LAGOS — Nigeria’s president Bola Tinubu has submitted a list of 28 proposed ministers to the country’s Senate, nominating a number of former state governors and long-time advisers for his first cabinet.
Among the former governors on the list submitted on Thursday are Nasir El Rufai from the northern state of Kaduna, and David Umahi from Ebonyi in the southeast. But the most notable figure is Nyesom Wike of the oil rich Rivers state who is a member of the opposition People’s Democratic Party. Wike notably broke with his party to support Tinubu during the February general elections.
Tinubu also nominated three allies he recently made special advisers, namely Wale Edun, Dele Alake, and Hannatu Musa Musawa. Edun, an economist and former finance commissioner when Tinubu was governor of Lagos state in the early 2000s, had been widely tipped for a high profile ministerial role in the period after the presidential election.
Tinubu had 60 days after his inauguration on May 29 to send the list of nominees to parliament, in line with a new constitutional requirement. Until now, he had appointed dozens of special advisers, sacked the central bank’s chief, and replaced heads of the country’s military agencies and police force.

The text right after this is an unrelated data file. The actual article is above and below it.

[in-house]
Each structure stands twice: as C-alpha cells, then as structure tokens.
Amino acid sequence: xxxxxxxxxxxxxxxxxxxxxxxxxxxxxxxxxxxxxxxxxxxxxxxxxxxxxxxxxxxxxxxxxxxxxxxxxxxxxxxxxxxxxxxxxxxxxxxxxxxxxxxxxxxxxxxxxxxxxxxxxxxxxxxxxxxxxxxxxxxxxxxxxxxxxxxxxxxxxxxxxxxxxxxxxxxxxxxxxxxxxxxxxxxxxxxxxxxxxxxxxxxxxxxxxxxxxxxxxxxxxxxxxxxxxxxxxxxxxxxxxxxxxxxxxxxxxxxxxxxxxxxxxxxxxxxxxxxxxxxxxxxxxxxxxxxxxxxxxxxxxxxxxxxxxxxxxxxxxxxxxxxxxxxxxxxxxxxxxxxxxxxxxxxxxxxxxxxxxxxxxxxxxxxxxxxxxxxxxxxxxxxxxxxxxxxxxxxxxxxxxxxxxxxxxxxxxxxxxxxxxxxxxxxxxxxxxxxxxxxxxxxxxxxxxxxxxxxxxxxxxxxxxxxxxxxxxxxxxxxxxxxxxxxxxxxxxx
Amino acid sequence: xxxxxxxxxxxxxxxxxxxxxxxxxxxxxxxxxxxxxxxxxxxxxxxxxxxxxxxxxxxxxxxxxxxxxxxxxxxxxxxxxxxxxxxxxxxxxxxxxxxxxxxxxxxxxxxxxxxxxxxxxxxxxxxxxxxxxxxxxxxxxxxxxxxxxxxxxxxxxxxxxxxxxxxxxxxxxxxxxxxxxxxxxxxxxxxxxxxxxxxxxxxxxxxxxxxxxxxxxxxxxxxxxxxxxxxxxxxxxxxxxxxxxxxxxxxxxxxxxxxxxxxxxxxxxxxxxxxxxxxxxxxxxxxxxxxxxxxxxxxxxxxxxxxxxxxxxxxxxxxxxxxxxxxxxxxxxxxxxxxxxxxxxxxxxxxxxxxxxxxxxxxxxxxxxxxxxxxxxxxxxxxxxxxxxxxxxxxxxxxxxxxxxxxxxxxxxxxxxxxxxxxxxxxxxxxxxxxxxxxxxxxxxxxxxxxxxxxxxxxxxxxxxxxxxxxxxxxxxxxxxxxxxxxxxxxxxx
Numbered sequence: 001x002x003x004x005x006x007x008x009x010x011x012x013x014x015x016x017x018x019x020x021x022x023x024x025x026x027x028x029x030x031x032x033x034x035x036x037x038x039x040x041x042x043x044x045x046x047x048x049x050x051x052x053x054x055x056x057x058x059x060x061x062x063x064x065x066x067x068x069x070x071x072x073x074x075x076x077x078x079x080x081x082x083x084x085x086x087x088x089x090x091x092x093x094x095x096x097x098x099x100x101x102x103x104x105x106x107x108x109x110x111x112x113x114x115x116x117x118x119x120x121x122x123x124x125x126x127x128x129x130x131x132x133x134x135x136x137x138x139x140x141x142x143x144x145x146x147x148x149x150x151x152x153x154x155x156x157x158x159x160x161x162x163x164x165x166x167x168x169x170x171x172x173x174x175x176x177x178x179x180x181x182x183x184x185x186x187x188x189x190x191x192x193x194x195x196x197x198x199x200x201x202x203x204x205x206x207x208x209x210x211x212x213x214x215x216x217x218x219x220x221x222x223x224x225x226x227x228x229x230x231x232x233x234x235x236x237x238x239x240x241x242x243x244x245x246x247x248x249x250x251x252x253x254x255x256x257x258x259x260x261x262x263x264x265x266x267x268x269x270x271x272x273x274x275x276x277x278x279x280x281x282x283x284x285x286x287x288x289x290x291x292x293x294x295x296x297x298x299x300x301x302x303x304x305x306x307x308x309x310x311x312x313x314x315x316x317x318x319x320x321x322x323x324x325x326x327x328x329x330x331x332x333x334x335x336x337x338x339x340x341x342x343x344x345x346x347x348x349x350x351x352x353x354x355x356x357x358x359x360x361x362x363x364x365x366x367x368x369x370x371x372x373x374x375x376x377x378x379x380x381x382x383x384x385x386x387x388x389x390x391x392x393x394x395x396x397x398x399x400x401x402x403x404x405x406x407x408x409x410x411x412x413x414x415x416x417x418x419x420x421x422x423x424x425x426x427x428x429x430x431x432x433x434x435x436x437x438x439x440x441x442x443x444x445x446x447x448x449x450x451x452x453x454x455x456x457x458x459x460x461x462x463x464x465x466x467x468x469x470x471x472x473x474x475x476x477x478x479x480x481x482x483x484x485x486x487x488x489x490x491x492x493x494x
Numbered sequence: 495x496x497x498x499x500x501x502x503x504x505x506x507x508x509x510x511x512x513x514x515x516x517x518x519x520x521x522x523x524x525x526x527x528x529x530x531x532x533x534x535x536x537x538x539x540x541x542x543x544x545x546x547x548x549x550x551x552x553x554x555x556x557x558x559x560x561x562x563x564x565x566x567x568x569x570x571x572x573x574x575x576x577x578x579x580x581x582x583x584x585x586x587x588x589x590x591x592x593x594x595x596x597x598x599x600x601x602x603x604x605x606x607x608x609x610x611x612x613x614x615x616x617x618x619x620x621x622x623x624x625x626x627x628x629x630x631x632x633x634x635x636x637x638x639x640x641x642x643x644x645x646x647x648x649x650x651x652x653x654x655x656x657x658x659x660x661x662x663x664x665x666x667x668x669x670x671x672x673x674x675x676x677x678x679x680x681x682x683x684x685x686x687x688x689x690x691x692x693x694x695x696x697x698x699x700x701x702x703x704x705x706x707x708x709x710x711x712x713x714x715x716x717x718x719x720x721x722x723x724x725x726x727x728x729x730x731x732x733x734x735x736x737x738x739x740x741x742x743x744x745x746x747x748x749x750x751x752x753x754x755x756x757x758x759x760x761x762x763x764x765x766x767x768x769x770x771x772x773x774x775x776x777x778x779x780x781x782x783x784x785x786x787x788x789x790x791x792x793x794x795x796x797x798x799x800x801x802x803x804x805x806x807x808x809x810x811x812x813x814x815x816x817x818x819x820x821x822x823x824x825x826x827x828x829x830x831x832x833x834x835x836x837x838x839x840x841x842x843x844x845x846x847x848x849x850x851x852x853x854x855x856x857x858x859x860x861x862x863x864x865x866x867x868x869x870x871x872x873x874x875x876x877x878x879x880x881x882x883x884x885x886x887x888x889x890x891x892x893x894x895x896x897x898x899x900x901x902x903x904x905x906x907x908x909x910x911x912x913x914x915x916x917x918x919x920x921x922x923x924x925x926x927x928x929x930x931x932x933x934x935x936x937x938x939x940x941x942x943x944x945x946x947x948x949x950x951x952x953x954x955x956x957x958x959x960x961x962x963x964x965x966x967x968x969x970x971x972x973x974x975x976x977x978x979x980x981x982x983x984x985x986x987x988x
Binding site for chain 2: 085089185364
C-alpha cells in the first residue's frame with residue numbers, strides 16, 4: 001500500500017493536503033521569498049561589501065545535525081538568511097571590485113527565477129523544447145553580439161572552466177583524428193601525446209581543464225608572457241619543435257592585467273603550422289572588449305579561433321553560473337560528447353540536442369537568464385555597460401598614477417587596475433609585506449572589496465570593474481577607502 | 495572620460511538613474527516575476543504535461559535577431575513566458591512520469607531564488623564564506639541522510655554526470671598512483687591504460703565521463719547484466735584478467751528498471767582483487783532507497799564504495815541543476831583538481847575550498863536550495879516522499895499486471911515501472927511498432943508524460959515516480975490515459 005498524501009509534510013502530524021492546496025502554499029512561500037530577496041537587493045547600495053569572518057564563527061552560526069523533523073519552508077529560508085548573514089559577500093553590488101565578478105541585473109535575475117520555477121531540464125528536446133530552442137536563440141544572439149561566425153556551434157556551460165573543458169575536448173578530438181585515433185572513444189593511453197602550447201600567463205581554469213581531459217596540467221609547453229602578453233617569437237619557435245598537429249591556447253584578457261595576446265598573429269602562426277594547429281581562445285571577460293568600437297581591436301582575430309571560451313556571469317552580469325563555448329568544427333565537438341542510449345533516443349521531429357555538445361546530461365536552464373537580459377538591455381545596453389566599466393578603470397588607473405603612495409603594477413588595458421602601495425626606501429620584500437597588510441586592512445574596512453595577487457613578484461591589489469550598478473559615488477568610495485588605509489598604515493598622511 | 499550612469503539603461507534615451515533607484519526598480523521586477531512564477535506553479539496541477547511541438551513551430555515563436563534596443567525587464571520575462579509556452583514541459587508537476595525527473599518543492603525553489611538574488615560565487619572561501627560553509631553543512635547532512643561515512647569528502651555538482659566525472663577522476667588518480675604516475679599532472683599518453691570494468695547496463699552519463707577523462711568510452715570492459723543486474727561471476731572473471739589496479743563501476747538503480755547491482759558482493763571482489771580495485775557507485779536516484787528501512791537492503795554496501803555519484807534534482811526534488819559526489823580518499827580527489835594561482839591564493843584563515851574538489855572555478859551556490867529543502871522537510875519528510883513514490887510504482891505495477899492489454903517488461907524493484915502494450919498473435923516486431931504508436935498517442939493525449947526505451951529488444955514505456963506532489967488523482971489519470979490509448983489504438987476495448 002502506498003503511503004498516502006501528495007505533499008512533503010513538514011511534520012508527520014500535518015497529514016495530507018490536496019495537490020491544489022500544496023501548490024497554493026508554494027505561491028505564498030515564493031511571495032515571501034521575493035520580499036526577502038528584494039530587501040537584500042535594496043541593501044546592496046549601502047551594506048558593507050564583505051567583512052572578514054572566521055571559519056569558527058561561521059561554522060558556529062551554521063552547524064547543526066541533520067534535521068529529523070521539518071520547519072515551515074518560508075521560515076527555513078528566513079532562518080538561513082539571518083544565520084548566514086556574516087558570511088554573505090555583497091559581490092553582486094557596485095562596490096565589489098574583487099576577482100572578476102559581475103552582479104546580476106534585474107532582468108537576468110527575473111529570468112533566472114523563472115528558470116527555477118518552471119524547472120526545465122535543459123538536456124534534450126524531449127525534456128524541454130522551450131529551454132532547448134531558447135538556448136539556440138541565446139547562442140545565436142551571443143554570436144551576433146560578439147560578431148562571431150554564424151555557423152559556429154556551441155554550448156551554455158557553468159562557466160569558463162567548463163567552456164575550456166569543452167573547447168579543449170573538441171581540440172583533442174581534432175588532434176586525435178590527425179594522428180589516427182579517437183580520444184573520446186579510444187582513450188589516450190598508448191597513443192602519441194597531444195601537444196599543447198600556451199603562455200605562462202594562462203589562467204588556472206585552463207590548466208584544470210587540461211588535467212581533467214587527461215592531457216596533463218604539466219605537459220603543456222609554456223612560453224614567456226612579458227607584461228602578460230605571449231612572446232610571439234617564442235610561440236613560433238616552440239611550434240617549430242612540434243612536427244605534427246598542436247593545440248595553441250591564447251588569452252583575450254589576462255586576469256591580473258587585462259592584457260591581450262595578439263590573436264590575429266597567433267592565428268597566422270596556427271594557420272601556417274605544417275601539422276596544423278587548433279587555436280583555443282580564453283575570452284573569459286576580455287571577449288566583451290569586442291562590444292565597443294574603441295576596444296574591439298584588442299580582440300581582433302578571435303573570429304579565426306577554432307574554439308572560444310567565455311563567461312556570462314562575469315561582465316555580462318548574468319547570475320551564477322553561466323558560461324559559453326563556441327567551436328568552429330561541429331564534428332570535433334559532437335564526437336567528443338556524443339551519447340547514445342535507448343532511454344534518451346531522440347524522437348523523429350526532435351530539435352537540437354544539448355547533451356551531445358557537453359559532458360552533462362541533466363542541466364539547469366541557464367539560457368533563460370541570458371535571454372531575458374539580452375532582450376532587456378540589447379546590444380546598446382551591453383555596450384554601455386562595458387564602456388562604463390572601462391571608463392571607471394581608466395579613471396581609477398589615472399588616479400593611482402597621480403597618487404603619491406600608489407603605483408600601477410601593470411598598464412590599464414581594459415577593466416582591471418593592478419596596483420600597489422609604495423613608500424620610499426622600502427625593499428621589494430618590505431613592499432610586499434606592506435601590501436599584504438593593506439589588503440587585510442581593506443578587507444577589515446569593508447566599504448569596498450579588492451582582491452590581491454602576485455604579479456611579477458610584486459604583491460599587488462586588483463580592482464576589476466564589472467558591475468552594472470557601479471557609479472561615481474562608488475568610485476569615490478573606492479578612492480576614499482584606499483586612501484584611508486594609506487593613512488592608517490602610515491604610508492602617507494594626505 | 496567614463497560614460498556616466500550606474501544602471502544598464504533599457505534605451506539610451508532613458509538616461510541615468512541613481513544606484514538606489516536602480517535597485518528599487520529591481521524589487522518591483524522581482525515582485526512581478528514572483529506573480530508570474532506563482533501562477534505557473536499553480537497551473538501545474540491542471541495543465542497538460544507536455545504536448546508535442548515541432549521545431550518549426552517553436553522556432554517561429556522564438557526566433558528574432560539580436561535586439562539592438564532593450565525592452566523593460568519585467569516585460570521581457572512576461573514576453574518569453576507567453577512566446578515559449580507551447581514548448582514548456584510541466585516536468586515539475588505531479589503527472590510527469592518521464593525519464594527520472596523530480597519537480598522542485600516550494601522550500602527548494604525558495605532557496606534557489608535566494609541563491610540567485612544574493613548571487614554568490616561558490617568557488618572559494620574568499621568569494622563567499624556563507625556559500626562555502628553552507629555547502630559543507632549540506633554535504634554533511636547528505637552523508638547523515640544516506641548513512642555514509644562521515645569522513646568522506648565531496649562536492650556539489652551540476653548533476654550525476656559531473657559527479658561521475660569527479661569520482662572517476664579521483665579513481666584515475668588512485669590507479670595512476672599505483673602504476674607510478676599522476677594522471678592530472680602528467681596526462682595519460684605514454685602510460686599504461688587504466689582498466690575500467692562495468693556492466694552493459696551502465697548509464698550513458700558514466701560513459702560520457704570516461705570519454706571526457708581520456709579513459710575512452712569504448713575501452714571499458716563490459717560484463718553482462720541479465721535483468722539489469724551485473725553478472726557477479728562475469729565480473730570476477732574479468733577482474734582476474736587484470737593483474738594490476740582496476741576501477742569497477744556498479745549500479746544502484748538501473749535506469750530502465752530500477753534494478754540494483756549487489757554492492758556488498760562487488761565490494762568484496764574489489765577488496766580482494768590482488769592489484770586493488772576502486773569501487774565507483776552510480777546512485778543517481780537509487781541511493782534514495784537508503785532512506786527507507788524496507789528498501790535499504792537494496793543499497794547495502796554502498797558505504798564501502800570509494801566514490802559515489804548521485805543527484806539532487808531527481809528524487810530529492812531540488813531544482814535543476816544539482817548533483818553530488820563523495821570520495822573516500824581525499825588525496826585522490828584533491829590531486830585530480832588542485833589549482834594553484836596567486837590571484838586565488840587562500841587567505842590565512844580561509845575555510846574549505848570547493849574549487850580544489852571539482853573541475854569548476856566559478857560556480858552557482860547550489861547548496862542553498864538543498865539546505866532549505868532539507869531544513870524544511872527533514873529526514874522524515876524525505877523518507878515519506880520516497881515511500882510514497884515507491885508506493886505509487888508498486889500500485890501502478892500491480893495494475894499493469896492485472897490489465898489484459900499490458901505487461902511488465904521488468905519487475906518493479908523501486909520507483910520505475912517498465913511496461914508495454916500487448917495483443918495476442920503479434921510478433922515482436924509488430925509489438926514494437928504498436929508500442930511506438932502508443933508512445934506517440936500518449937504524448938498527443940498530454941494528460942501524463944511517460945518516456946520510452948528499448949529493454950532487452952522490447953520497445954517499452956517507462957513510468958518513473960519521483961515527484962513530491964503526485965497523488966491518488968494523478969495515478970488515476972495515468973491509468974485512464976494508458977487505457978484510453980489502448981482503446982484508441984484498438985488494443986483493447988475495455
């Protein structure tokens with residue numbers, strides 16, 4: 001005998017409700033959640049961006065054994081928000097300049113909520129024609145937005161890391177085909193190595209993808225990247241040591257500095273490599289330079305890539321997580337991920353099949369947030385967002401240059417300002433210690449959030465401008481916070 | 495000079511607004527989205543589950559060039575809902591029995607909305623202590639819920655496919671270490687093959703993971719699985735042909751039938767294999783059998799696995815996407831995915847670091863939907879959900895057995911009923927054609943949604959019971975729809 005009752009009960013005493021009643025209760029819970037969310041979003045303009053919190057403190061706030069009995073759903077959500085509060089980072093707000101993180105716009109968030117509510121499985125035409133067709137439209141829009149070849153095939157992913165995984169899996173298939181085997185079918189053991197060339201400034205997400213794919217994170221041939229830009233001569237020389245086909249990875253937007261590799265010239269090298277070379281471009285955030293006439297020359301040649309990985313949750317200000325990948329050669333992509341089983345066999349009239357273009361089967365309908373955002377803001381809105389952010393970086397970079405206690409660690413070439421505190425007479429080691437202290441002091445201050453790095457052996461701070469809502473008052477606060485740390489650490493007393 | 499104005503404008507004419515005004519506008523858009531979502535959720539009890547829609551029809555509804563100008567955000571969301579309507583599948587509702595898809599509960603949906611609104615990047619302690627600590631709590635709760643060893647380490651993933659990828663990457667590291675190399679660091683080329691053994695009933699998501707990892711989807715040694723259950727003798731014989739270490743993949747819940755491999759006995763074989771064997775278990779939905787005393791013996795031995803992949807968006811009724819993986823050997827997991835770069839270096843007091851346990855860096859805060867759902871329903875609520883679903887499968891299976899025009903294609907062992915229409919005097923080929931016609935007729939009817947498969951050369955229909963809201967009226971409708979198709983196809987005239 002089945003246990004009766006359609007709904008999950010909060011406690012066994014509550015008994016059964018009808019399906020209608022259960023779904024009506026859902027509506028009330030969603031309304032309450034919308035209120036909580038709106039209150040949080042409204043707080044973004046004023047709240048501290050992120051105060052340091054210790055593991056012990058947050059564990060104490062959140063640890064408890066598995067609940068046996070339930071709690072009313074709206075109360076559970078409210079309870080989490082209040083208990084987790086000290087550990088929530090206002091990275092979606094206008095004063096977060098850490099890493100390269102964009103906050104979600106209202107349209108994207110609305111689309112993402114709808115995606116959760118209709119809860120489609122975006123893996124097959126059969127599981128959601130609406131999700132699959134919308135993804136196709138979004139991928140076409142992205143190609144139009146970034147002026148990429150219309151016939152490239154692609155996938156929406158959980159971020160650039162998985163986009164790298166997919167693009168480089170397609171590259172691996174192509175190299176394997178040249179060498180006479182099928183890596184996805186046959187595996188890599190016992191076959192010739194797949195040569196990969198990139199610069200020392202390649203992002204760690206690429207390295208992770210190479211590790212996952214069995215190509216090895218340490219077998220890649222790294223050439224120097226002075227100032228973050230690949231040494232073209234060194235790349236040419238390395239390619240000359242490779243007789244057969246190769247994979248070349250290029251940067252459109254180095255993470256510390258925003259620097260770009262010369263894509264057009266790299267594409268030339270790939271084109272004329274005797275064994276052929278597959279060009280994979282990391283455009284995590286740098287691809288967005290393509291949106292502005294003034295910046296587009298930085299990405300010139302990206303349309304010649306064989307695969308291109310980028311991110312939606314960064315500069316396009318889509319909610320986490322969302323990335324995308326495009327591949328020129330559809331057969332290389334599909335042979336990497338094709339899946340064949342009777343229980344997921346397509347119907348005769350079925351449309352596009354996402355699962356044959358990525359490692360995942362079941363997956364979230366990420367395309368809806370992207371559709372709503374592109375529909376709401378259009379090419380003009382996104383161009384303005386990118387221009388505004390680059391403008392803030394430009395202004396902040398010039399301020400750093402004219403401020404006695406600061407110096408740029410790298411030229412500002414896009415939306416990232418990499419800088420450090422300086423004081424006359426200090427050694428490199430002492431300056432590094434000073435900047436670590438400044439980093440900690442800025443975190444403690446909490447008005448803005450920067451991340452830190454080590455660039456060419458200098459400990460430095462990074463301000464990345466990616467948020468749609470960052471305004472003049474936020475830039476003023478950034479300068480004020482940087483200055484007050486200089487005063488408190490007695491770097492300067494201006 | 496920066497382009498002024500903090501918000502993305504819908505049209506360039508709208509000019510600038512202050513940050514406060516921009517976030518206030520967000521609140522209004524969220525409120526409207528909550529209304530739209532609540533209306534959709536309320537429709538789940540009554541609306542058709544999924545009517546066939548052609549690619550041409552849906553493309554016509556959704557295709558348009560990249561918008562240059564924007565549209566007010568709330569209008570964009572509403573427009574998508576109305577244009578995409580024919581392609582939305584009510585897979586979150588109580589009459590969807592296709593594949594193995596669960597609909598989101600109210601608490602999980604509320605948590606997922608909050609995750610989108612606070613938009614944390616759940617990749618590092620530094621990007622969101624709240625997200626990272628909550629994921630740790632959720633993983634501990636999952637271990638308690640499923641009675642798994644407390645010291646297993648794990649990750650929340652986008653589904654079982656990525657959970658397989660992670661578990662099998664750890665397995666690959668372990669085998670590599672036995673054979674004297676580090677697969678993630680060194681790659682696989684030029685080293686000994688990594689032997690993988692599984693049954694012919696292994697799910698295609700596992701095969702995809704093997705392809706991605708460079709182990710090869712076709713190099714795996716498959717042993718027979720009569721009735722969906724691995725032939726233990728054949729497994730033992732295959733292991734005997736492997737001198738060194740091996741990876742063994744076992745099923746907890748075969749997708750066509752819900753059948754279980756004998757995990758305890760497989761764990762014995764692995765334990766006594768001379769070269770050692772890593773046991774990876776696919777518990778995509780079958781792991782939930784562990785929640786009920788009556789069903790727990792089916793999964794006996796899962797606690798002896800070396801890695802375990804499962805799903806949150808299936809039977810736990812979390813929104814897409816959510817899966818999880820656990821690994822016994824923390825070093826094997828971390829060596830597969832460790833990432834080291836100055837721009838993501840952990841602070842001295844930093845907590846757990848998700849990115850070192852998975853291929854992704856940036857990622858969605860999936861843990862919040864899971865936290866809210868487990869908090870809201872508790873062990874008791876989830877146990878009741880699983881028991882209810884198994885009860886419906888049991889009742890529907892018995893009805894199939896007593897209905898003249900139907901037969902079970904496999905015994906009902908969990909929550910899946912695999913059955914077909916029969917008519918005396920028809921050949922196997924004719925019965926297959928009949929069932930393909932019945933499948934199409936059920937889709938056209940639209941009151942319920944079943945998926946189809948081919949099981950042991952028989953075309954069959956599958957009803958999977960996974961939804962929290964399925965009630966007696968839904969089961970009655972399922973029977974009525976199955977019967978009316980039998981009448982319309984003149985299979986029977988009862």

He has shaken up Nigeria’s economy with a raft of policy changes in eight weeks as president. The removal of fuel subsidies and unification of exchange rates have triggered a significant shock across the country felt in the form of rising food and transportation prices.
None of the nominees were announced with their expected offices, continuing a tradition that some have questioned. According to a letter read in the Senate, Tinubu could add more nominees to the proposed list of ministers at a later date. The Nigerian constitution mandates that each of the country’s 36 states must have one minister.
The View From Abuja
Waziri Adio, a former head of the Nigeria Extractive Industries Transparency Initiative who now leads the Agora Policy think tank in Abuja, said Tinubu’s nominees reflected an inclination to “reward people who worked for his victory and long-term loyalists, with a sprinkling of technocrats.”